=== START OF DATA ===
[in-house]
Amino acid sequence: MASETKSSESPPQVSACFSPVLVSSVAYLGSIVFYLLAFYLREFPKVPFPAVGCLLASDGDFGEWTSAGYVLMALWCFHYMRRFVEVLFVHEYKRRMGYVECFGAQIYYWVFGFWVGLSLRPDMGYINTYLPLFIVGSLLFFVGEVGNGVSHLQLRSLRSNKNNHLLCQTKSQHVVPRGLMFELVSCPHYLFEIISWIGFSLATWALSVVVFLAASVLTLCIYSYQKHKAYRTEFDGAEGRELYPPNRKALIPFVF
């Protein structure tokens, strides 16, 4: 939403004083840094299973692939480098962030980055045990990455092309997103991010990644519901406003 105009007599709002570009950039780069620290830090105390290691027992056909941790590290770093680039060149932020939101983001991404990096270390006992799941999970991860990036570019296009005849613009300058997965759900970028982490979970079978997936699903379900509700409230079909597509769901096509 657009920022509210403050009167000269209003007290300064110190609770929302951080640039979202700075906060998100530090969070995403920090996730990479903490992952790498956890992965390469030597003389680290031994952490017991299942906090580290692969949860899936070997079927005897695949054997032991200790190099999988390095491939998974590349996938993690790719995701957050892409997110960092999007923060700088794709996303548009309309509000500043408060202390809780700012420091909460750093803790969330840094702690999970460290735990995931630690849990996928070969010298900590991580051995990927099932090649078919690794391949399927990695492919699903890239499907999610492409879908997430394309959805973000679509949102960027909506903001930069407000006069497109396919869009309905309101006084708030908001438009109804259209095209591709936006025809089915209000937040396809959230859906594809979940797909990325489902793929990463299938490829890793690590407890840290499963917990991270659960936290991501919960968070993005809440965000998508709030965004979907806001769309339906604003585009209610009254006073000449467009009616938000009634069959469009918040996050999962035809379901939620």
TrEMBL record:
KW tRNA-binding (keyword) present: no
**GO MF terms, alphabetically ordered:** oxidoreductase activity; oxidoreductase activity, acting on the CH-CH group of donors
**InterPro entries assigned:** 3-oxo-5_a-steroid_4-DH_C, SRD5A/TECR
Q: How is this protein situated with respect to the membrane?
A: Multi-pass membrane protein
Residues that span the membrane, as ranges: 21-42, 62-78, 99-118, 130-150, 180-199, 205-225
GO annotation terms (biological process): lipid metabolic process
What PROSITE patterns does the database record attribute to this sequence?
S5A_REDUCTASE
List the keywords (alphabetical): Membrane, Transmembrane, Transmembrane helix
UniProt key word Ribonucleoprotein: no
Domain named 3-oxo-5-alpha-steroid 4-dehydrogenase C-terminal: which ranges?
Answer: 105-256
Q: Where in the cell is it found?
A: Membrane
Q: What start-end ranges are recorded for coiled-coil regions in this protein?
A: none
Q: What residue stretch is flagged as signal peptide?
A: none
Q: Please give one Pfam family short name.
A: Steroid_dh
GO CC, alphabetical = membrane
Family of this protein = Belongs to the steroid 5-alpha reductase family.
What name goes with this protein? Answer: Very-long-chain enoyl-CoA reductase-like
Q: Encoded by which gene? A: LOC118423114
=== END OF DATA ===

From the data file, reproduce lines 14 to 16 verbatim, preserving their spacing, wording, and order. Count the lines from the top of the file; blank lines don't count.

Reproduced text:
List the keywords (alphabetical): Membrane, Transmembrane, Transmembrane helix
UniProt key word Ribonucleoprotein: no
Domain named 3-oxo-5-alpha-steroid 4-dehydrogenase C-terminal: which ranges?